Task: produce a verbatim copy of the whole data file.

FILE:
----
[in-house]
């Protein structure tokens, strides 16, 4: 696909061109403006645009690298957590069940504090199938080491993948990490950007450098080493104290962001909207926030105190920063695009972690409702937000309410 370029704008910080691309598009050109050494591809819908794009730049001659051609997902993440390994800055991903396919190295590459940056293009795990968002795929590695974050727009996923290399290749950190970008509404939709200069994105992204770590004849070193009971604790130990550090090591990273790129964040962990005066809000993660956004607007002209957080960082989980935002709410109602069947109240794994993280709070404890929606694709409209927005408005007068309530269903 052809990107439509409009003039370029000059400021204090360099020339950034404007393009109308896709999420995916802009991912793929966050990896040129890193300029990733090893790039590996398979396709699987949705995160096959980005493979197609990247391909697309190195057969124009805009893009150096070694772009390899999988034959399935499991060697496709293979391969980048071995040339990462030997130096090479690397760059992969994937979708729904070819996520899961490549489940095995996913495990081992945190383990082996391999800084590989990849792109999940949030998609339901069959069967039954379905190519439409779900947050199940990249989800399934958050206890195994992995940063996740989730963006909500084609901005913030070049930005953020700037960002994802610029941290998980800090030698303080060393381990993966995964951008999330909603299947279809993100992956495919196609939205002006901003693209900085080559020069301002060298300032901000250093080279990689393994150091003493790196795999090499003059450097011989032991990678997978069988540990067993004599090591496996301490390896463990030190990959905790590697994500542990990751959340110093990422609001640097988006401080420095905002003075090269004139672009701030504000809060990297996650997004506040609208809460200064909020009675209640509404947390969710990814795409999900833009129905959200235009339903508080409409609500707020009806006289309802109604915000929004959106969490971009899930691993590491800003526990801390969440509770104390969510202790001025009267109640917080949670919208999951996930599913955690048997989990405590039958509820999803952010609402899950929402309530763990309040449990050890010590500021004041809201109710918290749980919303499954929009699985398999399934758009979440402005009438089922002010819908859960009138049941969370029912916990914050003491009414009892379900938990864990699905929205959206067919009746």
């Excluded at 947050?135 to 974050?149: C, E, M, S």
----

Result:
[in-house]
């Protein structure tokens, strides 16, 4: 696909061109403006645009690298957590069940504090199938080491993948990490950007450098080493104290962001909207926030105190920063695009972690409702937000309410 370029704008910080691309598009050109050494591809819908794009730049001659051609997902993440390994800055991903396919190295590459940056293009795990968002795929590695974050727009996923290399290749950190970008509404939709200069994105992204770590004849070193009971604790130990550090090591990273790129964040962990005066809000993660956004607007002209957080960082989980935002709410109602069947109240794994993280709070404890929606694709409209927005408005007068309530269903 052809990107439509409009003039370029000059400021204090360099020339950034404007393009109308896709999420995916802009991912793929966050990896040129890193300029990733090893790039590996398979396709699987949705995160096959980005493979197609990247391909697309190195057969124009805009893009150096070694772009390899999988034959399935499991060697496709293979391969980048071995040339990462030997130096090479690397760059992969994937979708729904070819996520899961490549489940095995996913495990081992945190383990082996391999800084590989990849792109999940949030998609339901069959069967039954379905190519439409779900947050199940990249989800399934958050206890195994992995940063996740989730963006909500084609901005913030070049930005953020700037960002994802610029941290998980800090030698303080060393381990993966995964951008999330909603299947279809993100992956495919196609939205002006901003693209900085080559020069301002060298300032901000250093080279990689393994150091003493790196795999090499003059450097011989032991990678997978069988540990067993004599090591496996301490390896463990030190990959905790590697994500542990990751959340110093990422609001640097988006401080420095905002003075090269004139672009701030504000809060990297996650997004506040609208809460200064909020009675209640509404947390969710990814795409999900833009129905959200235009339903508080409409609500707020009806006289309802109604915000929004959106969490971009899930691993590491800003526990801390969440509770104390969510202790001025009267109640917080949670919208999951996930599913955690048997989990405590039958509820999803952010609402899950929402309530763990309040449990050890010590500021004041809201109710918290749980919303499954929009699985398999399934758009979440402005009438089922002010819908859960009138049941969370029912916990914050003491009414009892379900938990864990699905929205959206067919009746």
């Excluded at 947050?135 to 974050?149: C, E, M, S």